Kitchen: People spend more time in their kitchens than any other room in the house. Putting the kitchen in the centre of the home, making it the ‘heart’, will increase the property’s appeal and ultimately its value. In parts of London, spending £75,000 on expanding your kitchen could add £150,000 to the property price. But you must keep redevelop costs relative to the worth of the property. Spending £20,000 creating a heart-warming country kitchen in an old farmhouse would be money well spent, but don’t splash out the same on a one-bedroom flat. Cheap shortcuts also make a real difference: as a rule, you can expect to add 10%-15% to the value of your house if you spend £7,000 on repainting and updating the kitchen.
Central Heating - Adding partial central heating will cause a rise in value of 7%, whereas you may as well go the whole hog with full central heating and benefit from a 15% increase.
Wooden floors - These definitely add value, but only when properly installed. Choose well-priced, well-fitted floorboards that run in the same direction as your eye when you enter a room - they make it seem larger. You can expect a return of up to 50% on such an investment. Avoid plastic and ‘wood-effect’ laminates, as real wood finishes are widely available now (visit Wickes), are not much more expensive and ten times more appealing.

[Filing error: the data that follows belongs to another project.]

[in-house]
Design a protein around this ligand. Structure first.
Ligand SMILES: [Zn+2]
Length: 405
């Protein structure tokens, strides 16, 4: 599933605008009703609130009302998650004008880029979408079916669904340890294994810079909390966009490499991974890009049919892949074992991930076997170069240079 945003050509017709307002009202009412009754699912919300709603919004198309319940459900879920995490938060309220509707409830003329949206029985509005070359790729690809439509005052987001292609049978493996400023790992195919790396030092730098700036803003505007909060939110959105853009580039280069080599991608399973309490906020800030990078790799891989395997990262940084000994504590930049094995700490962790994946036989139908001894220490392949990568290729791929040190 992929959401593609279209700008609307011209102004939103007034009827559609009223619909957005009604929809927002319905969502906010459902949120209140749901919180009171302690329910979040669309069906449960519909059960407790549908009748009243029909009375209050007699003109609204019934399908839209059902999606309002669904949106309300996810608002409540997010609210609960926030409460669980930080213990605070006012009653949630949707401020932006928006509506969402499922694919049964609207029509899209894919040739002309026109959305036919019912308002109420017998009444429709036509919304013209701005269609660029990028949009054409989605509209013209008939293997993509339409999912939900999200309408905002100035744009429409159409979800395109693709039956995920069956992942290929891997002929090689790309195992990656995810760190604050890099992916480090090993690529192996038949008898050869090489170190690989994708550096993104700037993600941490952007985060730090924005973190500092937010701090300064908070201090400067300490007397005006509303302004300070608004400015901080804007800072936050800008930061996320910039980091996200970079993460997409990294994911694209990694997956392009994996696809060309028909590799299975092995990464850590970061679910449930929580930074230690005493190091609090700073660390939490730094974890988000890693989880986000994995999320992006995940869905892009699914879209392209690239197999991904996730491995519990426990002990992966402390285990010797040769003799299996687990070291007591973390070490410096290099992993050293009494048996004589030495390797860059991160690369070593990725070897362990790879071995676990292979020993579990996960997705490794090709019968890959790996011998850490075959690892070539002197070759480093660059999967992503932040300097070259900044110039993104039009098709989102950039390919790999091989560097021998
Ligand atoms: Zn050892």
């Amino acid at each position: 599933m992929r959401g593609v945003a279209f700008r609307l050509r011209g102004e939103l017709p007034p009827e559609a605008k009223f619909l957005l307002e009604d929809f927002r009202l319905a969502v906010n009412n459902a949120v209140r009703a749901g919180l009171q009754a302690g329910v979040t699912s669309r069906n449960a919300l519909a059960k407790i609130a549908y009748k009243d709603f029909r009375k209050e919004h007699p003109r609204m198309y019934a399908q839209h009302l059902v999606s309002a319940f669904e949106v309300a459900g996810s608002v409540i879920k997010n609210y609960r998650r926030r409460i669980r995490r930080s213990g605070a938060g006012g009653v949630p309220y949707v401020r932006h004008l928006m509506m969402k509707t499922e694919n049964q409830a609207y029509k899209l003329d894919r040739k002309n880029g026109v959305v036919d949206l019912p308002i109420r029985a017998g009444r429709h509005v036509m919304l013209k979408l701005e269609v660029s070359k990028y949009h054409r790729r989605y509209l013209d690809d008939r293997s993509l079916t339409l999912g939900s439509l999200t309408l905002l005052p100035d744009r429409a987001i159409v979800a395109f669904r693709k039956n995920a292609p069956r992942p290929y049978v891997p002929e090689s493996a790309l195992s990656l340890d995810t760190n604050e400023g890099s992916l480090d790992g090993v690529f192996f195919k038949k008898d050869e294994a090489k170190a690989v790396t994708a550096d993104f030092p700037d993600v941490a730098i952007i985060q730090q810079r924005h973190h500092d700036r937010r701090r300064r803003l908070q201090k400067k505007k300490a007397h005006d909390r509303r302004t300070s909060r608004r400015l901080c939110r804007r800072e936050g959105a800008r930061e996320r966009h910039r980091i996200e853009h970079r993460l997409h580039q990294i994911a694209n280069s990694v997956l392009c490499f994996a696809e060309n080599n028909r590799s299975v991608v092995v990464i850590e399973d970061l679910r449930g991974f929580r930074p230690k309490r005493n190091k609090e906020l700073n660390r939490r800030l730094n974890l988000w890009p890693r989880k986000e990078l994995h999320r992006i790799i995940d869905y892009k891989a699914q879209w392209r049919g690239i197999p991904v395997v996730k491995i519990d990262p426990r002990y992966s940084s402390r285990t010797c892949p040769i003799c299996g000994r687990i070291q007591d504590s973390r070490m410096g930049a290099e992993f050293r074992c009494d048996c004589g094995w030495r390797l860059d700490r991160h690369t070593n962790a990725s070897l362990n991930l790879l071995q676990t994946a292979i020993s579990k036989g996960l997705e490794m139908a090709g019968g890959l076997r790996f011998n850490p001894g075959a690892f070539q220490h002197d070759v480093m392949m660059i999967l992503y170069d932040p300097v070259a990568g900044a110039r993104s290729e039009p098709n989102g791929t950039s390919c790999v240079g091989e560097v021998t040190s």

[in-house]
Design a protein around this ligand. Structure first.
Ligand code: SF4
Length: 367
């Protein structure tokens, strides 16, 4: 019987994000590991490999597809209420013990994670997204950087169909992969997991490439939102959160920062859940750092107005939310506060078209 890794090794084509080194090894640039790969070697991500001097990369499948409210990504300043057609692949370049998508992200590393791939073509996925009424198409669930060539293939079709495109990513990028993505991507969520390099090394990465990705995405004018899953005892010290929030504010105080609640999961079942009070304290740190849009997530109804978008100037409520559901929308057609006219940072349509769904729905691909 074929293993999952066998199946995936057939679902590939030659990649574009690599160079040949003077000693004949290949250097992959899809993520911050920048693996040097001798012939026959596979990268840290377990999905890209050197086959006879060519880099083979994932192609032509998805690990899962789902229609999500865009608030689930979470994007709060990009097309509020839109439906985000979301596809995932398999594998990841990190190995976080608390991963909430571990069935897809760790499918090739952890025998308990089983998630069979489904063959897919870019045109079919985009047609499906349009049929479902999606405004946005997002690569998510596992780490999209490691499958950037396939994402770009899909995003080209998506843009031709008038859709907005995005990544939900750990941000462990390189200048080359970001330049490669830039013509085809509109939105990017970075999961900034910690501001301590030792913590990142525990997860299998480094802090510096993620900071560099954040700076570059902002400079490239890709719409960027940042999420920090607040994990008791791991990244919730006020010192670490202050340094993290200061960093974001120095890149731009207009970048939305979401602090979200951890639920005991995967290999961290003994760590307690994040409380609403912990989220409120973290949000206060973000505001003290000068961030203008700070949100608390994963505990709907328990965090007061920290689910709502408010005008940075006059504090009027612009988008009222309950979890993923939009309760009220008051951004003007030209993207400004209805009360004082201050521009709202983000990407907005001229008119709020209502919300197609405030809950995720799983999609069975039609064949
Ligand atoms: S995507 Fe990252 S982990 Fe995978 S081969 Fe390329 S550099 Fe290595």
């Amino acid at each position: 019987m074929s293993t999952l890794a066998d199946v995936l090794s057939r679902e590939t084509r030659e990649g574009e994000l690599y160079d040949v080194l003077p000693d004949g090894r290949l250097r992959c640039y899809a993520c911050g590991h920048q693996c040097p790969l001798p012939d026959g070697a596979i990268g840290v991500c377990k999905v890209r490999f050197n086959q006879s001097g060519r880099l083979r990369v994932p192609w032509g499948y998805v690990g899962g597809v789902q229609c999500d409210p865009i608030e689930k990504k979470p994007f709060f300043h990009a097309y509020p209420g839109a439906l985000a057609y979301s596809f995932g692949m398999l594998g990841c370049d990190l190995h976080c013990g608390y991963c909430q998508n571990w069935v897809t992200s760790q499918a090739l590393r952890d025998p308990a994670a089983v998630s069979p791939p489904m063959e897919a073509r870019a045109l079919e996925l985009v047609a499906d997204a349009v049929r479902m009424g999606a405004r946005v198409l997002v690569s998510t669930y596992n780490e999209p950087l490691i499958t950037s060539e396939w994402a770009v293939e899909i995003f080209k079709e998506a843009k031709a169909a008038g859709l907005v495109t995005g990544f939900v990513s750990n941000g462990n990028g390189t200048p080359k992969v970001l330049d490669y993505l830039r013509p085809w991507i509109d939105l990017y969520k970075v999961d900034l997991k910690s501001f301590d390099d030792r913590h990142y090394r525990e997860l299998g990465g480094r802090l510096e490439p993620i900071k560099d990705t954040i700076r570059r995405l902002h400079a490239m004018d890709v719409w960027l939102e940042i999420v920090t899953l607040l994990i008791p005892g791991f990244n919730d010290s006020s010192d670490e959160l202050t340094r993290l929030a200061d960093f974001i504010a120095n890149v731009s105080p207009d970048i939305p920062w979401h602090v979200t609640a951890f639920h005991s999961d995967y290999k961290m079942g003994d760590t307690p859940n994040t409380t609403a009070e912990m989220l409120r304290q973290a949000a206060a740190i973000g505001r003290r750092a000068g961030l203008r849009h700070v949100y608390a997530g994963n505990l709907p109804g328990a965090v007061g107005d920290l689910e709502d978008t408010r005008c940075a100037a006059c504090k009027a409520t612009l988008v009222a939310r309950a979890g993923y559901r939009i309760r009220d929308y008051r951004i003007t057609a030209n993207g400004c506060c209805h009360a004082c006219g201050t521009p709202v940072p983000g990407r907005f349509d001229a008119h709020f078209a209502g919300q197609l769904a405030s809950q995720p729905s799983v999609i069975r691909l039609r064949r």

Tennis Courts - similar to above, unless you have a lot of space. If you do then they’re a boon, and relatively cheap to install, too. Look to spend between £10,000 to £20,000 and although this may only add the same amount to the value of the property, it will add appeal and, thus, make the property easier to sell. The basic cost is around £3,000 for a grass court, if there is a suitable lawn. A tarmac court costs around £20,000, which includes net, posts, perimeter fencing and drainage. Extra costs may include lorry loads of top soil which is usually removed from a flat site. Do consider the logistics: if you can’t get machinery to the site, materials have to be brought in by hand, which pushes the price up and causes delays. However, with plenty of space, and a house worth £400,000 plus, a court will add value.
Gardens – Whilst you’re either actively of passively engaged in a refurb job of, perhaps, the interior and exterior of a building, do not overlook the grounds. A recent survey found that 87% of buyers said a flourishing garden influenced their decision to buy; it is the first thing that a prospective purchaser sees, after all. The British love their gardens. A tidy front garden goes a long way to making a good first impression, and patios (which cost up to £5,000) are an instant selling point. Garden gnomes, wheelbarrows and leylandii, on the other hand, are an instant turn-off. Messy gardens and peeling exterior paintwork are also off-putting. Keep the outside area neat, and if you are renovating to sell, stock the garden first so the plants have time to mature. Pot plants and tasteful garden ornaments are an excellent idea, as, similar to rugs within the property, they look good on viewing but you can take them with you when you leave (see gardenadvice.co.uk).